I have a confession to make.
Last year, I rescued my second grade son from imminent homework doom often. Often as in all the time. It sounds innocent enough, but I assure you, it wasn’t. My need to help him led to him needing my help, and it set up a dynamic that resulted in a pattern of helplessness, frustration, anxiety, yelling, and tears (for both of us).
I would suggest spelling sentence ideas. I would ask him to rewrite his work with neater handwriting. I would ask him to sit up straighter, pay attention, and hold his pencil differently. I would correct him when he struggled with a math concept. With common core math, especially, my “help” was a suicide mission for both of us. No wonder I poured a glass (or two) of wine at homework time!
Surely I’m not the only mom guilty of helping too much, right? Right?
But there’s more to my confession. Sometimes, my son would forget his math homework at school, and I would call one of my Mama friends from his class and ask her to take a picture of her son’s math worksheet and text it to me. Then, I would print it at home and my son would do the homework that he forgot to bring home from school.
This is the really bad part. Occasionally, by the time I got in touch with my Mama friend, her son had already completed the math worksheet. Per my request, she would still take a picture of it and text it to me. Then, I would use the photo editing features on my phone or computer to erase her child’s work and print a “fresh” copy for my son.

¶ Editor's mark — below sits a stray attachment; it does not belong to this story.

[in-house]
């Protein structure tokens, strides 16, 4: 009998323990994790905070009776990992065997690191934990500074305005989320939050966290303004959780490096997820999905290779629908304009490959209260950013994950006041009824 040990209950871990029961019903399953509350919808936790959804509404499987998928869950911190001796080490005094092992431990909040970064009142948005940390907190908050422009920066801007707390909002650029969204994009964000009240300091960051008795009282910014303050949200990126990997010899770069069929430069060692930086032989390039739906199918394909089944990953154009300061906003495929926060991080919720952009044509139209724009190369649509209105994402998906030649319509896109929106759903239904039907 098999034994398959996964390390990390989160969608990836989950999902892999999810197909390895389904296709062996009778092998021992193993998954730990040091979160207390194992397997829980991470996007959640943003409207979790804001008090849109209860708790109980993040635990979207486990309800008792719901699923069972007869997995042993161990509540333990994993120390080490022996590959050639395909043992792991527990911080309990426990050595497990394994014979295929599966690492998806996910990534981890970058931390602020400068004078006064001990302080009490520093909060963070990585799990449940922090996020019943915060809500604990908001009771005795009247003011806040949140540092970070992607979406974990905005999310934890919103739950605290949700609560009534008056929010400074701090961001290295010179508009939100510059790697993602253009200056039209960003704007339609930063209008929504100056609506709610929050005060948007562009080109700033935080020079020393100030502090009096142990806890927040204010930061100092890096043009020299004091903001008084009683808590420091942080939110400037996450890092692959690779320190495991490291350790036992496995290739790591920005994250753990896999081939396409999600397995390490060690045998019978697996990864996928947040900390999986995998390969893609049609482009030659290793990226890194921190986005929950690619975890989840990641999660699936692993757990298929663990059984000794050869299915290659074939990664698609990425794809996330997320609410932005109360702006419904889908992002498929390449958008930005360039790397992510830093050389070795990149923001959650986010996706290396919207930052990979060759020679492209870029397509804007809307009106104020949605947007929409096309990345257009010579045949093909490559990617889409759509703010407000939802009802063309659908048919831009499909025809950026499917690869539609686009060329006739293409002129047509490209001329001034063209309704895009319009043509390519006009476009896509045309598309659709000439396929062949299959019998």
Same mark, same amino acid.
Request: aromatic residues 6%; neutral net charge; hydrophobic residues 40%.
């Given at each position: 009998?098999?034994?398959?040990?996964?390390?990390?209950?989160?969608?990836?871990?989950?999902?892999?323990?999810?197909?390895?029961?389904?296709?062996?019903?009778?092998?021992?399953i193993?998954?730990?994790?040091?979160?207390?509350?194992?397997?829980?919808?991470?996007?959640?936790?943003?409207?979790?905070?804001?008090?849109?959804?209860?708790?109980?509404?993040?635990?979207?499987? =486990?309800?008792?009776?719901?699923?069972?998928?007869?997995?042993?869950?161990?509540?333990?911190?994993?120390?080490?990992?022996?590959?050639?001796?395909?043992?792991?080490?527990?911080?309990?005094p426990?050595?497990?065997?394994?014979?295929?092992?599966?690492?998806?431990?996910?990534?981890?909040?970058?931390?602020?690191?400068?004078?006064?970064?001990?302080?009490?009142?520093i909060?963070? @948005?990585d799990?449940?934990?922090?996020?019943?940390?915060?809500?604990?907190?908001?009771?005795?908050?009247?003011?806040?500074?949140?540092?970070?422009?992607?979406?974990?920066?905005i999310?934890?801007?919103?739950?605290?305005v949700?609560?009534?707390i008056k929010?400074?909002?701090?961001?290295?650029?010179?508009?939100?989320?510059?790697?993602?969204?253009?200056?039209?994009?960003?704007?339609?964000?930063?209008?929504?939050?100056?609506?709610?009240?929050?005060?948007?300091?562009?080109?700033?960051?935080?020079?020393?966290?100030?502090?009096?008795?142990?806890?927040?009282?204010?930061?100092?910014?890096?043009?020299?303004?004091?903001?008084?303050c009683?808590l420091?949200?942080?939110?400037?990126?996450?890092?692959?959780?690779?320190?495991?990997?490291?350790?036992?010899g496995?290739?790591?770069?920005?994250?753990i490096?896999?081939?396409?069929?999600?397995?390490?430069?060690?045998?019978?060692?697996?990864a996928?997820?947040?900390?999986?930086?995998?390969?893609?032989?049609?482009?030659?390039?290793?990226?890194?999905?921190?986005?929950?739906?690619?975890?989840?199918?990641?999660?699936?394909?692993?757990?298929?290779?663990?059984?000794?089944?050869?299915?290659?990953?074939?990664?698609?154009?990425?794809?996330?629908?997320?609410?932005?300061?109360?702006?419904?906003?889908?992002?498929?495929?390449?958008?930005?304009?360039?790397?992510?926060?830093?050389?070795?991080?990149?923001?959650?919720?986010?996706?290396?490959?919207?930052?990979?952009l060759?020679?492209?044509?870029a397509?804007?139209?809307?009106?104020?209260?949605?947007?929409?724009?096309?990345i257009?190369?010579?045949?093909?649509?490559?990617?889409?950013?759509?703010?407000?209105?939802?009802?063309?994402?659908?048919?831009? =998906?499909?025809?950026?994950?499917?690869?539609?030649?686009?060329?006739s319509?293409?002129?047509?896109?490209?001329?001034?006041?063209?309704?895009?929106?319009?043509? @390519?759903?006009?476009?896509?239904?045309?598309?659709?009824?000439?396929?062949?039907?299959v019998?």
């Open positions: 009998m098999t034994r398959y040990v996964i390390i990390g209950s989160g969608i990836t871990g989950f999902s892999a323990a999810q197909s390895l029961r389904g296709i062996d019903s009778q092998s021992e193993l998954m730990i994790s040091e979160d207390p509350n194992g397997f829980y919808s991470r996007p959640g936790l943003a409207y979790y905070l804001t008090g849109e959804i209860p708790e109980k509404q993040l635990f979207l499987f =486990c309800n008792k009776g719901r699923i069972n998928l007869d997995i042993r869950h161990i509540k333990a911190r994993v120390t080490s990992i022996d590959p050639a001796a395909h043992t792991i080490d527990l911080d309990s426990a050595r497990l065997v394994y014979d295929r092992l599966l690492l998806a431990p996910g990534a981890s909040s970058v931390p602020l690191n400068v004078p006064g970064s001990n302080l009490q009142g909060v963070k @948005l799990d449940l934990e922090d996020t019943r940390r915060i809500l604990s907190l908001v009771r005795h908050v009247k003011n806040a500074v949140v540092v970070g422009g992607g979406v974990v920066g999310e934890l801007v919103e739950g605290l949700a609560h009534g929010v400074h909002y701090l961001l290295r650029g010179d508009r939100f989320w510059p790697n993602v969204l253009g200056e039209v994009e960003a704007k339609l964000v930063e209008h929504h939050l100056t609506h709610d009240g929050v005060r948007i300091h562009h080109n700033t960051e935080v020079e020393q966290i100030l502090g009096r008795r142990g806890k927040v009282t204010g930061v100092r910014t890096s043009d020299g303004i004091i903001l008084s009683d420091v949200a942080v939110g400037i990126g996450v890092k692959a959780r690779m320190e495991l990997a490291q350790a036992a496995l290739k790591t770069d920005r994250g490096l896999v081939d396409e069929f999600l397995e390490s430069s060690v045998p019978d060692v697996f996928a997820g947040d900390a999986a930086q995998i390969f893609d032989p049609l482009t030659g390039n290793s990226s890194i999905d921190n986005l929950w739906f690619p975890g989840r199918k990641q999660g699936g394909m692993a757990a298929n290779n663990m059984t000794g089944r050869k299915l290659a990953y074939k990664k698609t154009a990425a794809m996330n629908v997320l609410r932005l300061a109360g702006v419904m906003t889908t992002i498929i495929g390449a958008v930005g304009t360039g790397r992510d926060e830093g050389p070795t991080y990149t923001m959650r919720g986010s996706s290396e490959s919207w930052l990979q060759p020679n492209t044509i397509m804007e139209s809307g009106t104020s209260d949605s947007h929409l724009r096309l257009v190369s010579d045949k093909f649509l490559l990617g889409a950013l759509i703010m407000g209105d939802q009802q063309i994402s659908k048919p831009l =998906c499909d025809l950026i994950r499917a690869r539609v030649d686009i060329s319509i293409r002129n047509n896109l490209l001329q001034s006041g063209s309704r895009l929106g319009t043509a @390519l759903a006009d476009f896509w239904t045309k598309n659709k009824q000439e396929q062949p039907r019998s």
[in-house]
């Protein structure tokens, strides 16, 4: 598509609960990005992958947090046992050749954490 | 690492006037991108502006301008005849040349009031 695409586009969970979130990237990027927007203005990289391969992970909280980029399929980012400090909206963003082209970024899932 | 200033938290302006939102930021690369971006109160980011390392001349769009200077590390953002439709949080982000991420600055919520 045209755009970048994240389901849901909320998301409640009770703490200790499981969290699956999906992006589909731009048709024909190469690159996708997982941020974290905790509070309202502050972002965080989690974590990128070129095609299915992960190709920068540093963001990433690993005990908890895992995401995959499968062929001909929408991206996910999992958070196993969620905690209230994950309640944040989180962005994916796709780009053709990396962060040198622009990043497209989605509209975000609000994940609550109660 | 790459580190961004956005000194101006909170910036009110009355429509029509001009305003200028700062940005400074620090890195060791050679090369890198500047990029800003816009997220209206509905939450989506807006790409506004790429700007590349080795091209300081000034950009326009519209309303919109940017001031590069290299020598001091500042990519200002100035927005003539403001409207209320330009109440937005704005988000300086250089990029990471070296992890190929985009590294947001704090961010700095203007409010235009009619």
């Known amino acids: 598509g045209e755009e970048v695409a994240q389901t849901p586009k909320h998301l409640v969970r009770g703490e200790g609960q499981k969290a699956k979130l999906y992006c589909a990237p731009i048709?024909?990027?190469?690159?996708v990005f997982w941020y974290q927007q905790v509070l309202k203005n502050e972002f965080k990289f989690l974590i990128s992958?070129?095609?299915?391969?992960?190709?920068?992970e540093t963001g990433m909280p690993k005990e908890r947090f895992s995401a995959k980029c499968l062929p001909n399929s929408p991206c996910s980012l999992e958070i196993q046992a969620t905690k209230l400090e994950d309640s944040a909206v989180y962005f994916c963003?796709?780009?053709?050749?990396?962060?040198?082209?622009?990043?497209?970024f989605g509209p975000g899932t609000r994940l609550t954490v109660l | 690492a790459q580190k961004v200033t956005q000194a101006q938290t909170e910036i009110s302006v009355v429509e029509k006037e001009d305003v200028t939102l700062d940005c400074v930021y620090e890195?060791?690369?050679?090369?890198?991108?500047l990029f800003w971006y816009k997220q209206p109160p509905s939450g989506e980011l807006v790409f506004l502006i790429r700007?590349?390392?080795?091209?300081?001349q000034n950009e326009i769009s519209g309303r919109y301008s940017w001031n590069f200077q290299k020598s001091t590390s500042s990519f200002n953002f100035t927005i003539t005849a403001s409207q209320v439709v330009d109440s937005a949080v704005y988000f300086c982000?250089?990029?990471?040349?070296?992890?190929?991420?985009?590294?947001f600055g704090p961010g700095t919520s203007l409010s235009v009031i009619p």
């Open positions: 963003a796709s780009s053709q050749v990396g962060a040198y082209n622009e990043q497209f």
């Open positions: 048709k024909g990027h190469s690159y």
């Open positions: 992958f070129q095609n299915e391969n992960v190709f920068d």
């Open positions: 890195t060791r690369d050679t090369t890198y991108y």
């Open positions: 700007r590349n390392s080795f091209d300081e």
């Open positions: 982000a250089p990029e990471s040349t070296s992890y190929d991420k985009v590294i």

Ugh. I wish I could tell you that I feel better after spilling the beans about these repulsive homework rescue missions, but I don’t. I feel uncomfortable. I feel embarrassed. By not letting my son screw up – by not letting him struggle to solve (or not solve) problems on his own and by not letting him suffer the consequence of forgetting to bring his homework home – I failed him. I knew it was a bad idea every time I did it, but I couldn’t help myself from helping him.
This summer, I read Jessica Lahey’s book, “The Gift of Failure: How the Best Parents Learn to Let Go So Their Children Can Succeed,” and it caused the biggest and most important aha moment I’ve ever had as a mom. I need to put my kids in the driver’s seat of their lives or else I’ll be tying their shoelaces, cleaning their dishes, making their lunches, and doing their homework for them until they eventually spend their adult lives living in my basement.
I’ve since made sweeping changes at home for both of my children. They make their beds, put away their laundry (folding is next), put their dishes in the sink (loading the dishwasher is next), and pack and unpack their backpacks. If they forget something at school or at home, the problem is theirs to solve and the lesson is theirs to learn. They’re contributing to our household, learning personal responsibility, and taking pride in their accomplishments. It’s not easy for me to walk past dirty socks on the floor or watch my son open (i.e. tear to shreds) a new box of cereal all by himself, but I’m getting better at it, and so are my kids. Our change has been gradual and hard, but we’re changing for the better.